Author: Victoria

Practical, Time-Saving Tips for Implementing Inquiry-Based Learning

Inquiry-based learning has grown in popularity over the past decade. In fact, over 90% of teachers in a recent poll indicated that they have implemented, or are planning to implement inquiry-based learning in their classrooms. However, implementing a successful inquiry...

9 Powerful Inquiry Learning Examples to Use in the Classroom

Inquiry-based learning is a teaching approach that focuses on student-generated questions, ideas, and observations, and uses these as an anchor for learning. Most teachers are familiar with inquiry-based learning; many of them have implemented it in their own classrooms. However,...

Creating Strong Driving Questions for Inquiry Learning

Both inquiry-based and project-based learning use questions to engage students in learning about topics and ideas that interest them. These questions are called driving questions (also referred to as “essential questions”). A driving question is an open-ended question that is...

Teaching Inquiry Learning: A Simple Roadmap for Teachers

Inquiry-based learning can be incredibly powerful and engaging in the classroom. However, if you’re new to inquiry learning, it can be overwhelming to know where to start and what path to follow. There are plenty of articles online about the...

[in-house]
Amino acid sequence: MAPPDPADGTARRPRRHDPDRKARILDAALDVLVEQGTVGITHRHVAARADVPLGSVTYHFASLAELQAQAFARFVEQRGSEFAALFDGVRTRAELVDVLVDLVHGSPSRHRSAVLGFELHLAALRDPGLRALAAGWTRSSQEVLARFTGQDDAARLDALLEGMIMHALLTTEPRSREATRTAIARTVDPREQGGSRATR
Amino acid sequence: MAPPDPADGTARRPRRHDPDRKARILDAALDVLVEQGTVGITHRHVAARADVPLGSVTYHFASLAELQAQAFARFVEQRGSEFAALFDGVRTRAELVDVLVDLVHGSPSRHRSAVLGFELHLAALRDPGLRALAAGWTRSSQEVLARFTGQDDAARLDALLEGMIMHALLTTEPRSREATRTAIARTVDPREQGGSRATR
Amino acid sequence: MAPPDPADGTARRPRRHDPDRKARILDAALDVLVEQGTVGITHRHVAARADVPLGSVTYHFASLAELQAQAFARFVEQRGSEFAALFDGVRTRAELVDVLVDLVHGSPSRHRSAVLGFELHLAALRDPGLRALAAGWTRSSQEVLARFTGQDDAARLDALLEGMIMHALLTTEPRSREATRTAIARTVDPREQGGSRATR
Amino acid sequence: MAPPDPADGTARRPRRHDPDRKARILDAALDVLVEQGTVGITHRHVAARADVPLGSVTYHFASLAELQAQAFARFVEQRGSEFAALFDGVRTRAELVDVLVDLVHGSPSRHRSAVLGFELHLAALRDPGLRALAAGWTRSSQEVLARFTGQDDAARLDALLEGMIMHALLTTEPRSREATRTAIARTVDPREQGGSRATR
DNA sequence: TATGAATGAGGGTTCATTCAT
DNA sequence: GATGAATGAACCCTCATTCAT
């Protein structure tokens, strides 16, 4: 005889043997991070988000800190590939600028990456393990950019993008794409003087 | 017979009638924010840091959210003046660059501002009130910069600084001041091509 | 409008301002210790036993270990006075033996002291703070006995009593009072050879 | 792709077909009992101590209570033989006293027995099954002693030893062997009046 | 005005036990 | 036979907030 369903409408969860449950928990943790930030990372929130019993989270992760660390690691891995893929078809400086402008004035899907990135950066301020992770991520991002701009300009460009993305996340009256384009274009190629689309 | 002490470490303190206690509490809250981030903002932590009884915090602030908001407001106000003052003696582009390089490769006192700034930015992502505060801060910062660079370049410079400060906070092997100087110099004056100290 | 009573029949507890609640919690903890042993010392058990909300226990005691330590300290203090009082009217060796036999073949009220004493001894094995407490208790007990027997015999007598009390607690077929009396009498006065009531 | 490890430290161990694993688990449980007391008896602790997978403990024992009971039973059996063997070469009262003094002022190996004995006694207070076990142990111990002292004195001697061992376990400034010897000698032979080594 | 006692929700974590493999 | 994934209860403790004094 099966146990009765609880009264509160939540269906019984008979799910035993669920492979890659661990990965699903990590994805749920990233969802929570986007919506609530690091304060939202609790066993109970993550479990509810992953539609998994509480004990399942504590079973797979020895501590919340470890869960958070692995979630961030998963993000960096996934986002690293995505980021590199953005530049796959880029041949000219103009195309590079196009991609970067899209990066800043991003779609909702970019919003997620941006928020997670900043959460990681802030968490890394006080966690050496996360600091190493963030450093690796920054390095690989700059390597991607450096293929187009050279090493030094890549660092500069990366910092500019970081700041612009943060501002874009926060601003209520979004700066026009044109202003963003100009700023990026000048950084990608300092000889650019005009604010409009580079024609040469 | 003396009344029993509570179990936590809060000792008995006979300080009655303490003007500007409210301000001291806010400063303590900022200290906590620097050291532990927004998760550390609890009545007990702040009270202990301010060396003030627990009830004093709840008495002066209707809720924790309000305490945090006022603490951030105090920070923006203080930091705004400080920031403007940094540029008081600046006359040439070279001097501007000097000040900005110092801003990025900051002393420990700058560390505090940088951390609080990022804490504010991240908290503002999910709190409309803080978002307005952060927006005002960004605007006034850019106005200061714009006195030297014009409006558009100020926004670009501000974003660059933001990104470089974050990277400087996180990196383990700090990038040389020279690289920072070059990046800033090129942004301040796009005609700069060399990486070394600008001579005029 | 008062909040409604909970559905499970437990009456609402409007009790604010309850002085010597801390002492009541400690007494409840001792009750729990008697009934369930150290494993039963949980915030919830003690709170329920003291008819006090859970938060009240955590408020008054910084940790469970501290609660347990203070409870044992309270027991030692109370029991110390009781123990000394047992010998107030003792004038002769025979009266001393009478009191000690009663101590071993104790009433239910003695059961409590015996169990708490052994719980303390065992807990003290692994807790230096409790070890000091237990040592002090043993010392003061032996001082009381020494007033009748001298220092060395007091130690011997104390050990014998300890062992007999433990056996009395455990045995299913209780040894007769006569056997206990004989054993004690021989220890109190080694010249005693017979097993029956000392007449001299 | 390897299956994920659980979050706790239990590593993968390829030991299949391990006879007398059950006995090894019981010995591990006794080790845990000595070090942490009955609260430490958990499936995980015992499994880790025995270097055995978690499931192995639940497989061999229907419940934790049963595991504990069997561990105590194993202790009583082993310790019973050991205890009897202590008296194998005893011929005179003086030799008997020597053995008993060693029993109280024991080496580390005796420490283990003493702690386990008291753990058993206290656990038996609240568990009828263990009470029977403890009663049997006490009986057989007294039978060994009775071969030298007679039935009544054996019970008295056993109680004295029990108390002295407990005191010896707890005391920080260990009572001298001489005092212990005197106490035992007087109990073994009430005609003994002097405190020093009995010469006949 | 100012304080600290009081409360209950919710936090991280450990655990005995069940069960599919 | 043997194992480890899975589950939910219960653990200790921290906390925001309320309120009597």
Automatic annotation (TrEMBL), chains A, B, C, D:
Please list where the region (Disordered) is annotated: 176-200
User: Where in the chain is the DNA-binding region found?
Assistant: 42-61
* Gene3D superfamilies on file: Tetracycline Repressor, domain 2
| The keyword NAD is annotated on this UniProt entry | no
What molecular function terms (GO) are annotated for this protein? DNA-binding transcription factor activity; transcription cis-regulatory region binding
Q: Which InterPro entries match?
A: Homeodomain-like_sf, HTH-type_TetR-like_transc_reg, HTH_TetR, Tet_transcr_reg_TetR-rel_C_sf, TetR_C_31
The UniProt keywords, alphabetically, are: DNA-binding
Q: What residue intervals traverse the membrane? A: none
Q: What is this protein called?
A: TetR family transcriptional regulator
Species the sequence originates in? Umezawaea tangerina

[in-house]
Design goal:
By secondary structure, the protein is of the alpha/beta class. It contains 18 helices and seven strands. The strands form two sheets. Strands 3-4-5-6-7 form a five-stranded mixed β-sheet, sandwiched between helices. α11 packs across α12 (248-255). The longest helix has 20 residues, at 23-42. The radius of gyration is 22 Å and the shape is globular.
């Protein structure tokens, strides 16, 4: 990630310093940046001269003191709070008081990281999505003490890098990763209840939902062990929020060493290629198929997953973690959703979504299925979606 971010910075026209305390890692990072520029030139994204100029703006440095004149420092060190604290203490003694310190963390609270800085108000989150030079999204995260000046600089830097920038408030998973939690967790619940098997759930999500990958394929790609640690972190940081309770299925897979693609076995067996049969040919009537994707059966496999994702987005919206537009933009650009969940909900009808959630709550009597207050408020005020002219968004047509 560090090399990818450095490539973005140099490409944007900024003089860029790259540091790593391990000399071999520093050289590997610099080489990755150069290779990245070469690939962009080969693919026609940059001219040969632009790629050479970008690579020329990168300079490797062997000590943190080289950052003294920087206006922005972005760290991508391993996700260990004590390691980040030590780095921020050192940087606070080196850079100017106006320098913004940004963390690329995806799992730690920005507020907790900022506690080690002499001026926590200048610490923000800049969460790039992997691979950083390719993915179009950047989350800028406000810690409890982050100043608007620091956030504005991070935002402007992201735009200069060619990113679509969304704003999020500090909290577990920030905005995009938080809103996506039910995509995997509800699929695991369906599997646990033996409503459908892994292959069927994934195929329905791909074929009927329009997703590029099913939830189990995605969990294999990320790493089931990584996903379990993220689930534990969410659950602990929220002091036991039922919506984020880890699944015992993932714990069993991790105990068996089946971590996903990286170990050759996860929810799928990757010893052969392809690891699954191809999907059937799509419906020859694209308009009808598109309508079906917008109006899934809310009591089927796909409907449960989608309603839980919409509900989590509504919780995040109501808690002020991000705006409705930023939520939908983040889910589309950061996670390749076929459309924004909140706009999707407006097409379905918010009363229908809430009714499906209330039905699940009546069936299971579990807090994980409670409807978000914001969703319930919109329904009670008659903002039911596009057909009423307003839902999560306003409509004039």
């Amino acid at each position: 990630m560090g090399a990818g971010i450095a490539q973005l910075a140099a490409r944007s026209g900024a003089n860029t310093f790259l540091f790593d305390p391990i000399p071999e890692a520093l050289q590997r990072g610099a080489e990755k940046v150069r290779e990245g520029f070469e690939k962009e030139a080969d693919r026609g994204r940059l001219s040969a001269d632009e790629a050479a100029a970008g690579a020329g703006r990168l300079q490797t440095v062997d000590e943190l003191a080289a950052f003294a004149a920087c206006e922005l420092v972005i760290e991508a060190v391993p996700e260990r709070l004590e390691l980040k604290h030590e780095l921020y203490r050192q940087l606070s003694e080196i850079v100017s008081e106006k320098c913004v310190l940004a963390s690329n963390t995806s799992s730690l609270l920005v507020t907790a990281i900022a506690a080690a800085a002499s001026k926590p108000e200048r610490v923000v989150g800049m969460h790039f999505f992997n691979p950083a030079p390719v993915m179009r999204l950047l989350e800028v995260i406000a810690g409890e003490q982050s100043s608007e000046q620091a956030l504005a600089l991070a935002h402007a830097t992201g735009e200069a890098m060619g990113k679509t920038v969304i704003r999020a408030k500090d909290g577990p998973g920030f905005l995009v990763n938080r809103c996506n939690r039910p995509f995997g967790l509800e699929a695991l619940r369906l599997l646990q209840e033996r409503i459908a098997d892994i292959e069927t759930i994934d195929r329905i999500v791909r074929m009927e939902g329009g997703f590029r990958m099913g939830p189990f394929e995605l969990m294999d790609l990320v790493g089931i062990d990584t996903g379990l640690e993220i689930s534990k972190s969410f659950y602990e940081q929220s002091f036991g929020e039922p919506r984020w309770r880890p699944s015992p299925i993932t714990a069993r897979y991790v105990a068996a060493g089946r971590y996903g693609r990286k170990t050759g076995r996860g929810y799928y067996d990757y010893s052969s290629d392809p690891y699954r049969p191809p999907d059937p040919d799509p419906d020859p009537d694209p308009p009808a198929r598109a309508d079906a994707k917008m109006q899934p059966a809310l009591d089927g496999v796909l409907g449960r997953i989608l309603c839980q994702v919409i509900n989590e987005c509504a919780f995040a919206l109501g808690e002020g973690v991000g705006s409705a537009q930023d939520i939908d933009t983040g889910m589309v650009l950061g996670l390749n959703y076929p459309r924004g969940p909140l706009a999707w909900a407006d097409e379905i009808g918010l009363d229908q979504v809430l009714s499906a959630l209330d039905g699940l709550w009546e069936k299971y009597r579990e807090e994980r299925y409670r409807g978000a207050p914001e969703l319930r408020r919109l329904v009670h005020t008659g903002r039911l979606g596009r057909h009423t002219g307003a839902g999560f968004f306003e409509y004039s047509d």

How to Respectfully Teach Indigenous History Month

It is impossible to teach a correct and complete history of Canada without acknowledging Indigenous history. However, for many teachers, knowing how to teach Indigenous history in a respectful and accurate way can be a challenge; so how do we...

Provocation vs Invitation: What is the Difference?

You might have heard the terms provocation and invitation with regards to inquiry learning. Here is the main difference between the two:

An invitation is something that encourages students to explore a concept. A provocation is something that provokes action and stimulates thinking.

Invitations and provocations can be seen in all classrooms, but they are incredibly popular in kindergarten and early elementary classrooms. However, they can be used with students of all ages to introduce new topics and concepts. Now that the difference is clear, let’s look into how these work in the classroom.

How to Use Experiential Learning in the Inquiry Classroom

The way we learn is the way we approach life; our learning styles are also responsible for the way we tackle challenges and make decisions. Students also learn and experiment in a variety of ways; some are comfortable observing and...